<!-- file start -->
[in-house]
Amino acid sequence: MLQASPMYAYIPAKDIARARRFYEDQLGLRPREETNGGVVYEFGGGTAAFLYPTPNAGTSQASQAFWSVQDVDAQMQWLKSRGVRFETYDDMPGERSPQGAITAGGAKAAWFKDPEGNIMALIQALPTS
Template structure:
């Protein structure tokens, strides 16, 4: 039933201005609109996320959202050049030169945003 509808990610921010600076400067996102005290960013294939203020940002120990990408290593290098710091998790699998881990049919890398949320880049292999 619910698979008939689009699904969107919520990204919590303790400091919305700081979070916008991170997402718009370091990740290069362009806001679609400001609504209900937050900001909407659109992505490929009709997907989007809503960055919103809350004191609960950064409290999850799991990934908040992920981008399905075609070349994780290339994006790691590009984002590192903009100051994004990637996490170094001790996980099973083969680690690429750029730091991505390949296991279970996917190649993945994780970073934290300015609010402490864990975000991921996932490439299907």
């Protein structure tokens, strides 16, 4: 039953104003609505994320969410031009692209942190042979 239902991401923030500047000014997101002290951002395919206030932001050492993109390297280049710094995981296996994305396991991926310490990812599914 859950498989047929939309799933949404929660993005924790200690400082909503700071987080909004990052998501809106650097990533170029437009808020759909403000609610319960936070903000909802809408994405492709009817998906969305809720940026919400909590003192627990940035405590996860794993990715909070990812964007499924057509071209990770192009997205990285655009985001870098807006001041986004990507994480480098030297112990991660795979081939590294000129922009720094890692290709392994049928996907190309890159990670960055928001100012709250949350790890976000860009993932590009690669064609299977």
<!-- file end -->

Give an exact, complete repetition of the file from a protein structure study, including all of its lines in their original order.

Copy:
[in-house]
Amino acid sequence: MLQASPMYAYIPAKDIARARRFYEDQLGLRPREETNGGVVYEFGGGTAAFLYPTPNAGTSQASQAFWSVQDVDAQMQWLKSRGVRFETYDDMPGERSPQGAITAGGAKAAWFKDPEGNIMALIQALPTS
Template structure:
């Protein structure tokens, strides 16, 4: 039933201005609109996320959202050049030169945003 509808990610921010600076400067996102005290960013294939203020940002120990990408290593290098710091998790699998881990049919890398949320880049292999 619910698979008939689009699904969107919520990204919590303790400091919305700081979070916008991170997402718009370091990740290069362009806001679609400001609504209900937050900001909407659109992505490929009709997907989007809503960055919103809350004191609960950064409290999850799991990934908040992920981008399905075609070349994780290339994006790691590009984002590192903009100051994004990637996490170094001790996980099973083969680690690429750029730091991505390949296991279970996917190649993945994780970073934290300015609010402490864990975000991921996932490439299907």
């Protein structure tokens, strides 16, 4: 039953104003609505994320969410031009692209942190042979 239902991401923030500047000014997101002290951002395919206030932001050492993109390297280049710094995981296996994305396991991926310490990812599914 859950498989047929939309799933949404929660993005924790200690400082909503700071987080909004990052998501809106650097990533170029437009808020759909403000609610319960936070903000909802809408994405492709009817998906969305809720940026919400909590003192627990940035405590996860794993990715909070990812964007499924057509071209990770192009997205990285655009985001870098807006001041986004990507994480480098030297112990991660795979081939590294000129922009720094890692290709392994049928996907190309890159990670960055928001100012709250949350790890976000860009993932590009690669064609299977």